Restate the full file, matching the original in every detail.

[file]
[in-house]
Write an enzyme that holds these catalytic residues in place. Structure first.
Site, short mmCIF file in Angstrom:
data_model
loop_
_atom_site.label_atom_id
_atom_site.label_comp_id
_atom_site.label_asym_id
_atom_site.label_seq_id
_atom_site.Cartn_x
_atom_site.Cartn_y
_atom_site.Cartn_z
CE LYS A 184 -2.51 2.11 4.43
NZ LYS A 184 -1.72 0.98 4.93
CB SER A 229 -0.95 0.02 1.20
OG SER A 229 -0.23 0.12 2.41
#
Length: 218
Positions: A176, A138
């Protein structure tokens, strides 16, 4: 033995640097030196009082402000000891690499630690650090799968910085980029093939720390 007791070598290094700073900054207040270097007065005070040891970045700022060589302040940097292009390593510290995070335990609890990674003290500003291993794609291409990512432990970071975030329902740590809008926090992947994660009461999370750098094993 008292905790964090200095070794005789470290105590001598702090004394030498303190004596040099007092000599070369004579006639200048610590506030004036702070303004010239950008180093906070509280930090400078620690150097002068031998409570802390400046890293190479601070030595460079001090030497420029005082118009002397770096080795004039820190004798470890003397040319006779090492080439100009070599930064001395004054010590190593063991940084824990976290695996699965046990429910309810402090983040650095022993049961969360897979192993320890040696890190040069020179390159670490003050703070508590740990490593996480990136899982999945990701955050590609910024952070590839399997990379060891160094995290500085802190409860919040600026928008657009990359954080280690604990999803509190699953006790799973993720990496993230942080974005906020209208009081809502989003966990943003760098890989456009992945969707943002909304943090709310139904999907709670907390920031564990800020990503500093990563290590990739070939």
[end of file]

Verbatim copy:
[in-house]
Write an enzyme that holds these catalytic residues in place. Structure first.
Site, short mmCIF file in Angstrom:
data_model
loop_
_atom_site.label_atom_id
_atom_site.label_comp_id
_atom_site.label_asym_id
_atom_site.label_seq_id
_atom_site.Cartn_x
_atom_site.Cartn_y
_atom_site.Cartn_z
CE LYS A 184 -2.51 2.11 4.43
NZ LYS A 184 -1.72 0.98 4.93
CB SER A 229 -0.95 0.02 1.20
OG SER A 229 -0.23 0.12 2.41
#
Length: 218
Positions: A176, A138
């Protein structure tokens, strides 16, 4: 033995640097030196009082402000000891690499630690650090799968910085980029093939720390 007791070598290094700073900054207040270097007065005070040891970045700022060589302040940097292009390593510290995070335990609890990674003290500003291993794609291409990512432990970071975030329902740590809008926090992947994660009461999370750098094993 008292905790964090200095070794005789470290105590001598702090004394030498303190004596040099007092000599070369004579006639200048610590506030004036702070303004010239950008180093906070509280930090400078620690150097002068031998409570802390400046890293190479601070030595460079001090030497420029005082118009002397770096080795004039820190004798470890003397040319006779090492080439100009070599930064001395004054010590190593063991940084824990976290695996699965046990429910309810402090983040650095022993049961969360897979192993320890040696890190040069020179390159670490003050703070508590740990490593996480990136899982999945990701955050590609910024952070590839399997990379060891160094995290500085802190409860919040600026928008657009990359954080280690604990999803509190699953006790799973993720990496993230942080974005906020209208009081809502989003966990943003760098890989456009992945969707943002909304943090709310139904999907709670907390920031564990800020990503500093990563290590990739070939």